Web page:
The tasty bits of this week’s bread were more or less left overs. With my parents gone after a two week stay, the house was virtually emptied of chia seeds and there was more keffir than you could shake a stick at. With the best will in the world I would need to buy more chia seeds and would never be able to drink all the keffir so I made curd cheese out of the keffir and mixed the scant 2 tablespoons full of chia seeds toether with 400 grams of keffir whey and let the mixture sit, covered, overnight on the counter.
The next day, this got lobbed into a perfectly ordinary bread recipe and the result is lovely. It is a little bit sour from the keffir whey and – to steal from Rudyard Kipling – it is “nice but nubbly”. If you don’t like nubbly you can leave out the chia seeds and if you don’t have keffir whey on hand (I am being facetious, I mean WHO other than a confirmed food weirdo like me has keffir whey on hand) just make this easy bread recipe with water.
Easy recipe for bread with chia seeds
400 g whole wheat flour
200 g white bread flour
400 grams of keffir whey (or just plain water)
A few tablespoons of chia seeds
12 g fresh yeast (6 g dry or 3 g instant)
12 g salt
The night before you want to bake, mix the chia seeds and the whey or water together and let them sit to allow the chia seeds to swell. This is important because you will only extract all the goodness from chia seeds if they are soaked or ground. Their little shells are too hard for our systems to crack on their own so if you don’t soak or grind them, they just go straight through you and this is an expensive waste of an otherwise highly nutritious seed. The same is true for flax seeds, by the way.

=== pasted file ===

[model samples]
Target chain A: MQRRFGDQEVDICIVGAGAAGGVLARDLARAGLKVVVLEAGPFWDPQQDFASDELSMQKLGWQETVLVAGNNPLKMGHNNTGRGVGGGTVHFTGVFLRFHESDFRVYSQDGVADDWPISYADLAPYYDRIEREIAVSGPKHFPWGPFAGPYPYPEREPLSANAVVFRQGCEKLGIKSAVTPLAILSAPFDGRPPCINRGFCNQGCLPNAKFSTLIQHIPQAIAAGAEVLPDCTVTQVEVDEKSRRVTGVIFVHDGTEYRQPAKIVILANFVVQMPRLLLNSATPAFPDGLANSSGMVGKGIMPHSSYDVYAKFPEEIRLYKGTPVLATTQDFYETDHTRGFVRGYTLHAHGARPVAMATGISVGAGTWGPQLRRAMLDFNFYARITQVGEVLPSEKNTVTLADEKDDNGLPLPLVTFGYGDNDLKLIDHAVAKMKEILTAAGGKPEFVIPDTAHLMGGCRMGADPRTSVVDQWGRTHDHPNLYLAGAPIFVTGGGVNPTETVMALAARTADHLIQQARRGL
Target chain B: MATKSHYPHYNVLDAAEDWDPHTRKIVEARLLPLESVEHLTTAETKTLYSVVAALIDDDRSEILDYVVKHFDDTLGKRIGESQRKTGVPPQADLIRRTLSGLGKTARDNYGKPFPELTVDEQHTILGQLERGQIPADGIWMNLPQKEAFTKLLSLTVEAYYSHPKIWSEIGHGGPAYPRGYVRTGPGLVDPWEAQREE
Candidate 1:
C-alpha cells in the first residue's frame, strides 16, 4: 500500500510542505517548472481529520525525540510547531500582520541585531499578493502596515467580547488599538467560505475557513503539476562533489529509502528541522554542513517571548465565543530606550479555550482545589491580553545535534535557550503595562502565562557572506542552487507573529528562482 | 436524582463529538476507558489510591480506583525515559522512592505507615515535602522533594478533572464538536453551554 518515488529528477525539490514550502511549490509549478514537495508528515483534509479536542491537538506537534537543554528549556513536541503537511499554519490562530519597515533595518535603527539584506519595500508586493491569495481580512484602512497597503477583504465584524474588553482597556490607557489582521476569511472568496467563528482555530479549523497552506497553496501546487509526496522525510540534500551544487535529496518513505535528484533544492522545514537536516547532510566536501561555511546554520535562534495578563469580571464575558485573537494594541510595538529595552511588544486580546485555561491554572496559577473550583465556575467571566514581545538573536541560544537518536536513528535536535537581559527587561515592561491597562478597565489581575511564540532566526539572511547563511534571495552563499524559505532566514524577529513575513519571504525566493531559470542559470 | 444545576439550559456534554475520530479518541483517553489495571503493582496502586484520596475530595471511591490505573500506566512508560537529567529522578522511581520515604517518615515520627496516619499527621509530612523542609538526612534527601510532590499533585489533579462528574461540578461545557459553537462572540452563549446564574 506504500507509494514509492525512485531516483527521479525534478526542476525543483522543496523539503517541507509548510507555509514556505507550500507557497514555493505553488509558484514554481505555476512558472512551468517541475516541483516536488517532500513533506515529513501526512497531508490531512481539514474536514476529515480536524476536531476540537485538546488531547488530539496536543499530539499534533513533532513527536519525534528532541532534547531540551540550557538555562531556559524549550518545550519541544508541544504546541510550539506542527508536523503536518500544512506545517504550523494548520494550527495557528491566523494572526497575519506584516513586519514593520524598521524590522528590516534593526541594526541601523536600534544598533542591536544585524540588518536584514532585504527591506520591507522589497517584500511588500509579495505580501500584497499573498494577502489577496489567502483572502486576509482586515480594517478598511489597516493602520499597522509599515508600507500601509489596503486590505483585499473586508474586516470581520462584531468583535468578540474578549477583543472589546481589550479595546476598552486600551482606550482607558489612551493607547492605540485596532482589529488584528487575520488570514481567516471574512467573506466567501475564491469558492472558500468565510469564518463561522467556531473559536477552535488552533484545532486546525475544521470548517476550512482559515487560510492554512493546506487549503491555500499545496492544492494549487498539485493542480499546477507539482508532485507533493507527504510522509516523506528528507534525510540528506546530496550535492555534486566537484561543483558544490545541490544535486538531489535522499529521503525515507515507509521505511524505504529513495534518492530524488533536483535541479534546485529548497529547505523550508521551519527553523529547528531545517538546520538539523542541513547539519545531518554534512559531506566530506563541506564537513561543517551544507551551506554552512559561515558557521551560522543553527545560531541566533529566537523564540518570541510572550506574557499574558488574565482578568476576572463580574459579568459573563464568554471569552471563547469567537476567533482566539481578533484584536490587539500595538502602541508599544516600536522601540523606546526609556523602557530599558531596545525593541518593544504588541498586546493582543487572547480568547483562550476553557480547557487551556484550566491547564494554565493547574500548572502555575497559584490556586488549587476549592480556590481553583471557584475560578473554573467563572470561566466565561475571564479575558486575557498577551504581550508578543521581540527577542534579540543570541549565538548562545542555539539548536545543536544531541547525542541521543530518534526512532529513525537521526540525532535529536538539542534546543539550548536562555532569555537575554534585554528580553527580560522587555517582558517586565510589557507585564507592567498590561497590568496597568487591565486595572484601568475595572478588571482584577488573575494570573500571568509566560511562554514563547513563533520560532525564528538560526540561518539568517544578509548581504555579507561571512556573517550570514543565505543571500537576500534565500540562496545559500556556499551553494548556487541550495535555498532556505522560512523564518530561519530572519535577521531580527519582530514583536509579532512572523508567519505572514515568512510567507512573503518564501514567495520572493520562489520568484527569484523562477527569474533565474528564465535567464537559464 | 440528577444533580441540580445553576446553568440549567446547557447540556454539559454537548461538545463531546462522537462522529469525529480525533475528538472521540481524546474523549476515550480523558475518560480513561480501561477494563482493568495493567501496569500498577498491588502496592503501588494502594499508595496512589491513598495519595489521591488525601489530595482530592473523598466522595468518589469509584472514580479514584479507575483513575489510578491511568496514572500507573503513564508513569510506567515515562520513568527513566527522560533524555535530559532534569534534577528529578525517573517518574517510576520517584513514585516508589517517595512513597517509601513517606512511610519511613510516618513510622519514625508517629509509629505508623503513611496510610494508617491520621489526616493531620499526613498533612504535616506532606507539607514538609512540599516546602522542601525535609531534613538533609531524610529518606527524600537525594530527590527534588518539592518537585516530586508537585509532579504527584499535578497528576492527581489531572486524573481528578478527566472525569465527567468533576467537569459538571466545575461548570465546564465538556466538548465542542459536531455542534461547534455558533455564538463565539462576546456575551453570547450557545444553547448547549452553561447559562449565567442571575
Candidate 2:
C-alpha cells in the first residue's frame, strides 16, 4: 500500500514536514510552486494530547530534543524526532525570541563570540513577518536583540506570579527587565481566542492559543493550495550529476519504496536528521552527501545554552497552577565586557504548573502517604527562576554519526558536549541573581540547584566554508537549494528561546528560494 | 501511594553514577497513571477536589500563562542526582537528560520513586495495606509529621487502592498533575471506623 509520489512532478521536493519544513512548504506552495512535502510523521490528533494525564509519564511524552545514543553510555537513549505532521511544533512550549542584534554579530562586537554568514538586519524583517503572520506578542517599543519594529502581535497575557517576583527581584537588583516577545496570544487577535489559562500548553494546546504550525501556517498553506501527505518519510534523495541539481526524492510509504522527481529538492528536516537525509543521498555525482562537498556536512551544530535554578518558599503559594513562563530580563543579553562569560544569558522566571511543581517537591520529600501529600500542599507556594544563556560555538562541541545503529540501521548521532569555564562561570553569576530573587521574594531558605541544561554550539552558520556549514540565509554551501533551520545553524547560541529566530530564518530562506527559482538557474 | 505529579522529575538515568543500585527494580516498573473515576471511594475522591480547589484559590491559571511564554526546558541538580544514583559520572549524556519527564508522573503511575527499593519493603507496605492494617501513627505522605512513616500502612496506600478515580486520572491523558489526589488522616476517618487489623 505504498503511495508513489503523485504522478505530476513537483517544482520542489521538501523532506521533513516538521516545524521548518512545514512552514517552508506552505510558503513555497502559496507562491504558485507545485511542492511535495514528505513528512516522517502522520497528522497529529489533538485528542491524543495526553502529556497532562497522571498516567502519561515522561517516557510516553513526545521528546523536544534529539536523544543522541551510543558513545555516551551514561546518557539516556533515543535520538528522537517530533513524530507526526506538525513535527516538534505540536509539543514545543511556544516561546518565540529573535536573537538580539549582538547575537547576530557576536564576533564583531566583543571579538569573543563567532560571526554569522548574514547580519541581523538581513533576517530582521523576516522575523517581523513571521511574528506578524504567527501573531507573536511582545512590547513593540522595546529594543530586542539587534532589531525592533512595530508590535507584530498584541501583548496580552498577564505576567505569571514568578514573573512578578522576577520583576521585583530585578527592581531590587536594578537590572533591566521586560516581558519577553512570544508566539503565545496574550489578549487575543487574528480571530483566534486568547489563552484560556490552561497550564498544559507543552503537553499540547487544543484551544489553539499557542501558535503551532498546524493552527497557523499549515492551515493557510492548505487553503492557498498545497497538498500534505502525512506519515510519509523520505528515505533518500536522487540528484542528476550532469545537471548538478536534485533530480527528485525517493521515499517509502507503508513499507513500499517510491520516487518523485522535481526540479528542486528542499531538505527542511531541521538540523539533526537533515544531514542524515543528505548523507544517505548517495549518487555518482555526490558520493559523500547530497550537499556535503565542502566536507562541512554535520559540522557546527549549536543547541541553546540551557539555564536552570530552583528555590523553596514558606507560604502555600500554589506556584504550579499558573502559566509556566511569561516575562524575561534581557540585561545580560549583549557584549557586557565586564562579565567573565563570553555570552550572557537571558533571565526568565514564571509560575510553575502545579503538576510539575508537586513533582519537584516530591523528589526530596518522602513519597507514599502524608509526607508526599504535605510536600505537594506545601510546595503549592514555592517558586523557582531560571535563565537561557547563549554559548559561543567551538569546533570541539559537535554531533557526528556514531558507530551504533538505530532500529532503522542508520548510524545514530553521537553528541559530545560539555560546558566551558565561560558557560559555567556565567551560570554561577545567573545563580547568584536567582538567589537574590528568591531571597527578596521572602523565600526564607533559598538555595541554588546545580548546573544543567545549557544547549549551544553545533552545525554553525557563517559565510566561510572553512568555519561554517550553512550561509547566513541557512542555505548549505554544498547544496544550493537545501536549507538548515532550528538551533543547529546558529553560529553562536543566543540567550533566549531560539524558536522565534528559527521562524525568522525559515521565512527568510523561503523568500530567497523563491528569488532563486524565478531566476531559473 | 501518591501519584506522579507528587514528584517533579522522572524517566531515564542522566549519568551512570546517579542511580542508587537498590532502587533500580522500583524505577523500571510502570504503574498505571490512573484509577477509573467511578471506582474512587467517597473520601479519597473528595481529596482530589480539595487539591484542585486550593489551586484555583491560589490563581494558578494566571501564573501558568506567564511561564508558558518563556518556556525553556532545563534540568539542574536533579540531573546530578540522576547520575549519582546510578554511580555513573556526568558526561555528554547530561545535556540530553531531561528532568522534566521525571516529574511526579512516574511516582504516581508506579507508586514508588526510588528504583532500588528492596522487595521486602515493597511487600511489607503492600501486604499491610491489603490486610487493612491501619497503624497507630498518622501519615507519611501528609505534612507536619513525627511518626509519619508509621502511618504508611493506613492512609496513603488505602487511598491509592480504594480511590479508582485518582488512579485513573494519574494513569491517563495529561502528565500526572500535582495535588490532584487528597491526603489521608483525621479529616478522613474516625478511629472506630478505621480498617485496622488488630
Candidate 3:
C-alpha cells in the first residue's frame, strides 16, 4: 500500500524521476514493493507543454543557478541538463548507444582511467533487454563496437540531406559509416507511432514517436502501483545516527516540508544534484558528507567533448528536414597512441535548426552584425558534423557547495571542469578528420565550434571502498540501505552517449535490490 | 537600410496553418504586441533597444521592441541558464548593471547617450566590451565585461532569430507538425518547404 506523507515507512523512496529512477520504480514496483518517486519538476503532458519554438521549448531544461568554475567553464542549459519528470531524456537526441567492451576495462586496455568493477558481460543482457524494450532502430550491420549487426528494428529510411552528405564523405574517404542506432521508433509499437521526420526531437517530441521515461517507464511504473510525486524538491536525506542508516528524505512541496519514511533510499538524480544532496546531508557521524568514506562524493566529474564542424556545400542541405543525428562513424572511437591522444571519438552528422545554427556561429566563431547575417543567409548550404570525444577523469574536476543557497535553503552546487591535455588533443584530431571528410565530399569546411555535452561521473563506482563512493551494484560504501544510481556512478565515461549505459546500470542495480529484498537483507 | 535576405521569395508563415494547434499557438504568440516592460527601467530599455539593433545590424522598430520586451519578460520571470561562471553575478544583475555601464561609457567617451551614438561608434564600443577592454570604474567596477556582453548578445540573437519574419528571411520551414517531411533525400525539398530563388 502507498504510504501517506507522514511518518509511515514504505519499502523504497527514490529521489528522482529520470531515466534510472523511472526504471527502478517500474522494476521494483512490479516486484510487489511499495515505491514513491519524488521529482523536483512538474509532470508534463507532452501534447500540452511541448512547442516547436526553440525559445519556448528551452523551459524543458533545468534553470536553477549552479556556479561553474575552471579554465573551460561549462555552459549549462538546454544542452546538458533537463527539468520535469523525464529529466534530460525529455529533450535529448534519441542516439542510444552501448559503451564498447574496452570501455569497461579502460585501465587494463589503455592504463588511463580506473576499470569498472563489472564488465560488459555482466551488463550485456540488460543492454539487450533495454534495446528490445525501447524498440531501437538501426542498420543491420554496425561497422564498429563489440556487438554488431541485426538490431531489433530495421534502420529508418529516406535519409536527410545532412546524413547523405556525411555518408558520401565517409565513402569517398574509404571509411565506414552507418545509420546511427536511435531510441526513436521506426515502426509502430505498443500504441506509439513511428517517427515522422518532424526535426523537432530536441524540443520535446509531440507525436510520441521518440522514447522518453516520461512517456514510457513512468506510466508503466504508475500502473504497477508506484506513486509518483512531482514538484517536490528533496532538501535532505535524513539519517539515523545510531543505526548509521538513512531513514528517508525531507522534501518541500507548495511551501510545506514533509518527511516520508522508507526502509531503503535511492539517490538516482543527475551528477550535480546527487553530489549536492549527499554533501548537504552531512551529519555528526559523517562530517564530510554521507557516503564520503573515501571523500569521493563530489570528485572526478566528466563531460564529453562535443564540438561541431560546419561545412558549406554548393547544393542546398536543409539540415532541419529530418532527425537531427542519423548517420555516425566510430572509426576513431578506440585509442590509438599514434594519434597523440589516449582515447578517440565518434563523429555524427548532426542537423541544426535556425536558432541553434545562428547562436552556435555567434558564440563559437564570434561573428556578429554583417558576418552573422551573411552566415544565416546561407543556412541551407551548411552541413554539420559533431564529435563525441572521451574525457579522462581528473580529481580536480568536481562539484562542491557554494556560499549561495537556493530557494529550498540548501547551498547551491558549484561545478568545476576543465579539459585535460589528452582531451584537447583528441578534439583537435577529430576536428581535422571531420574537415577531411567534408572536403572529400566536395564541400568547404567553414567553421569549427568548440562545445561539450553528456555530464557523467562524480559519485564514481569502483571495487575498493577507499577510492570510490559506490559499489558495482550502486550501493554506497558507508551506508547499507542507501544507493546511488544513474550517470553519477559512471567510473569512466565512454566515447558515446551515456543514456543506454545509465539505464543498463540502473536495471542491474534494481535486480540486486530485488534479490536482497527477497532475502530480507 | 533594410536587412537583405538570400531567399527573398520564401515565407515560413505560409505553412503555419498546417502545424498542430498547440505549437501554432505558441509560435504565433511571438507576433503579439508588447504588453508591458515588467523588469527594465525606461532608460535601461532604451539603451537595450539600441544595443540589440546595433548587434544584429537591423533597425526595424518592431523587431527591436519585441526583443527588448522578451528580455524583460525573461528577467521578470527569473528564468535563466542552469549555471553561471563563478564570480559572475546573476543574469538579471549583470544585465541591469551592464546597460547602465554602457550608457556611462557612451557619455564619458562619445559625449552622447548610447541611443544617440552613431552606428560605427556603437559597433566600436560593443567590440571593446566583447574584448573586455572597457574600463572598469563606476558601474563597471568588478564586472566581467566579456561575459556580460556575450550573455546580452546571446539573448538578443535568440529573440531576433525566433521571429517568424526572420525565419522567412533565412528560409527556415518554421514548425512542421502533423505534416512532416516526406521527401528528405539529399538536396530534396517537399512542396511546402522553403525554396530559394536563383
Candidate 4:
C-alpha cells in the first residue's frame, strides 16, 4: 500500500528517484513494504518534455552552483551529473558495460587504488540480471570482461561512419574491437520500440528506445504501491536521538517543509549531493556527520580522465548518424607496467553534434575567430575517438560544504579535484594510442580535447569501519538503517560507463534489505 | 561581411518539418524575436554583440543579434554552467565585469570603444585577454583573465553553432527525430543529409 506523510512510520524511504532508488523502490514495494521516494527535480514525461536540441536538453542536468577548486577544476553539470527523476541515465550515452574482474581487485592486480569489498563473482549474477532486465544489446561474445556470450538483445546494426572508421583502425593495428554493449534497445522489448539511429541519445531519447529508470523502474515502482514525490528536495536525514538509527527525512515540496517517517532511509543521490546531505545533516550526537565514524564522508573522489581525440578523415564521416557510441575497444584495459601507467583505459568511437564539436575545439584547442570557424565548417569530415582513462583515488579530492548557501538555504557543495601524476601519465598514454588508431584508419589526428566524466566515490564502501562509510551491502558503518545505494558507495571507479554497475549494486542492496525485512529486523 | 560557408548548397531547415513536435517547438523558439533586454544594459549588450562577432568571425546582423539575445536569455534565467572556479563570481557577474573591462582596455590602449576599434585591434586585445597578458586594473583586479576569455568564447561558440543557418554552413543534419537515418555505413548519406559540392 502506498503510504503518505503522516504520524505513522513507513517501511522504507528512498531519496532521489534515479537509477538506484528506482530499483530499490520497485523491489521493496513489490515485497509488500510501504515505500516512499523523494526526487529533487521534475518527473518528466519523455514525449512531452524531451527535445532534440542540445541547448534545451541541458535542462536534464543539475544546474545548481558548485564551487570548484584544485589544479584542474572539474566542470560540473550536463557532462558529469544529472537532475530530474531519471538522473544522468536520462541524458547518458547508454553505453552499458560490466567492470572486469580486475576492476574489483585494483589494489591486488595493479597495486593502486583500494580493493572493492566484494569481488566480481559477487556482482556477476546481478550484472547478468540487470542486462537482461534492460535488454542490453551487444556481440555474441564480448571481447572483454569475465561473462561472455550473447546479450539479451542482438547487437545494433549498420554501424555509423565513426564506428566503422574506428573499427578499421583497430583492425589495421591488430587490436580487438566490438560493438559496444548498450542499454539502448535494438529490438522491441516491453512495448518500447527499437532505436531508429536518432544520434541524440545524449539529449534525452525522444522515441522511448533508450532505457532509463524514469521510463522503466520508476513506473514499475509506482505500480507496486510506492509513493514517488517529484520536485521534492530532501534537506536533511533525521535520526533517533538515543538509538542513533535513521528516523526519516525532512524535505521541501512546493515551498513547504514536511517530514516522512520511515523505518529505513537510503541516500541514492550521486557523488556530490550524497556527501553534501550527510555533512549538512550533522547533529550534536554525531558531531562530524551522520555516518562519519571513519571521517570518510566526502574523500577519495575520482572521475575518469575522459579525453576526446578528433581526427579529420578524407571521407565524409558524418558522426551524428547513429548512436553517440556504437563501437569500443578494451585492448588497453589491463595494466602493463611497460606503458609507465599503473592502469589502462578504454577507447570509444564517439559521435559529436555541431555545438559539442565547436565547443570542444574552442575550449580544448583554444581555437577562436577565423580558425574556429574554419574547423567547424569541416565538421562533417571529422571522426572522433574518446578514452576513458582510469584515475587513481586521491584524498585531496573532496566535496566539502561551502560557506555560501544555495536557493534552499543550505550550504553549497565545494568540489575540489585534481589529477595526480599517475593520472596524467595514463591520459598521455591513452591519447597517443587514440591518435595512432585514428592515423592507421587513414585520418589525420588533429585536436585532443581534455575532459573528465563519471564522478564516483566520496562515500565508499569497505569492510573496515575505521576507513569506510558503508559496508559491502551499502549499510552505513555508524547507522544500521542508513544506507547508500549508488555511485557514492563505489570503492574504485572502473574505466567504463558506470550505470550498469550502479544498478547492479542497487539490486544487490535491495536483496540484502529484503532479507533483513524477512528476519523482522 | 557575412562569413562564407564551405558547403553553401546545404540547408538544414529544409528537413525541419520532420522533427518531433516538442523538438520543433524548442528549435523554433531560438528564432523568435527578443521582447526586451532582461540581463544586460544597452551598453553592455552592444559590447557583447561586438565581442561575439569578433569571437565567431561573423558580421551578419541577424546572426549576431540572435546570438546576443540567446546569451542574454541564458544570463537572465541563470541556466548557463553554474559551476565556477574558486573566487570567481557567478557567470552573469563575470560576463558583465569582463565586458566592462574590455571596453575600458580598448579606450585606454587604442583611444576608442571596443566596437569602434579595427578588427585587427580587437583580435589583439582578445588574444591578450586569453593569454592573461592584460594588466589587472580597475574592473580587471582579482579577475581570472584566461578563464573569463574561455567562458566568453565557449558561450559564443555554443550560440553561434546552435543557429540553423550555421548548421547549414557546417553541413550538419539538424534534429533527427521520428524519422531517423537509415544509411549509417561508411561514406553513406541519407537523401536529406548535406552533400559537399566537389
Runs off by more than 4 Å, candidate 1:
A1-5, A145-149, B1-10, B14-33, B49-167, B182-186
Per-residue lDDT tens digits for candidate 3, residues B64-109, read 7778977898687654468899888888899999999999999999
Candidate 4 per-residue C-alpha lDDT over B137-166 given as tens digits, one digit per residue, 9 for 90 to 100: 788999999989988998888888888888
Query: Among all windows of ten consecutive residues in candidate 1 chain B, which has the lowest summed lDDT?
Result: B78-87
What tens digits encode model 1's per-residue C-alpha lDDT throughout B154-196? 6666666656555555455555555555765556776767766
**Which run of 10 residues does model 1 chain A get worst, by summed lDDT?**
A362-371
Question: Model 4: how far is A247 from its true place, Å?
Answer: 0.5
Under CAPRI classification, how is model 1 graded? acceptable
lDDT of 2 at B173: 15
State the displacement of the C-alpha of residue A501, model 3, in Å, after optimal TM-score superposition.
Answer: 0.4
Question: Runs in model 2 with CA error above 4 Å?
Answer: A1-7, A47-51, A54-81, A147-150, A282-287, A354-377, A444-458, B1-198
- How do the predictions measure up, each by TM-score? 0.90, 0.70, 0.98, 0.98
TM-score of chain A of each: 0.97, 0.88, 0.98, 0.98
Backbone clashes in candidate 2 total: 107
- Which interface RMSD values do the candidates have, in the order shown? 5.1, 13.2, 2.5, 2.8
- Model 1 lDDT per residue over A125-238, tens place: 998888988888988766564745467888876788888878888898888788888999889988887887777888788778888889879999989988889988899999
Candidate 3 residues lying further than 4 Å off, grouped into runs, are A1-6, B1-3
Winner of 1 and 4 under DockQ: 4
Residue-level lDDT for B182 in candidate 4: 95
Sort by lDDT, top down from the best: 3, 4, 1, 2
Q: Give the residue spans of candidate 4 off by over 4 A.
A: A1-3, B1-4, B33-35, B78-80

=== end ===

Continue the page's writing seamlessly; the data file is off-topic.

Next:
When you want to bake, measure the flours into a bowl. If you are using dry yeast, make a well in the flour, measure in the yeast and pour over about 100 g of the liquid (including any chia seeds that sneak in). Wait for 15 minutes or so for the yeast to dissolve and then add all of the other ingredients. If you are using fresh or instant yeast, just measure them into the bowl along with everything else. Bring the ingredients together and then turn them out on the counter. Knead well for 10 minutes (even if you are using a mixer, knead for 10 minutes). Pop the dough back into the bowl, cover, and let sit for 1-2 hours (or all day in the fridge) until it has double in size.
Once it has doubled in size, turn the dough out on the counter (gently) and shape it how you would like it. For ideas and videos on shaping click here and if you would like to know more about proofing your bread in a special proofing basket like the loaf in the photography, please click here. Cover the dough and let it sit for 45 minutes to one hour and then turn the oven on to 200 degrees c. Pop the dough in and bake it for 45 minutes. When you tap the bottom of the dough it should sound hollow and feel “thin”. Let it cool completely before cutting into it. The bread is lovely and makes great, tasty toast.
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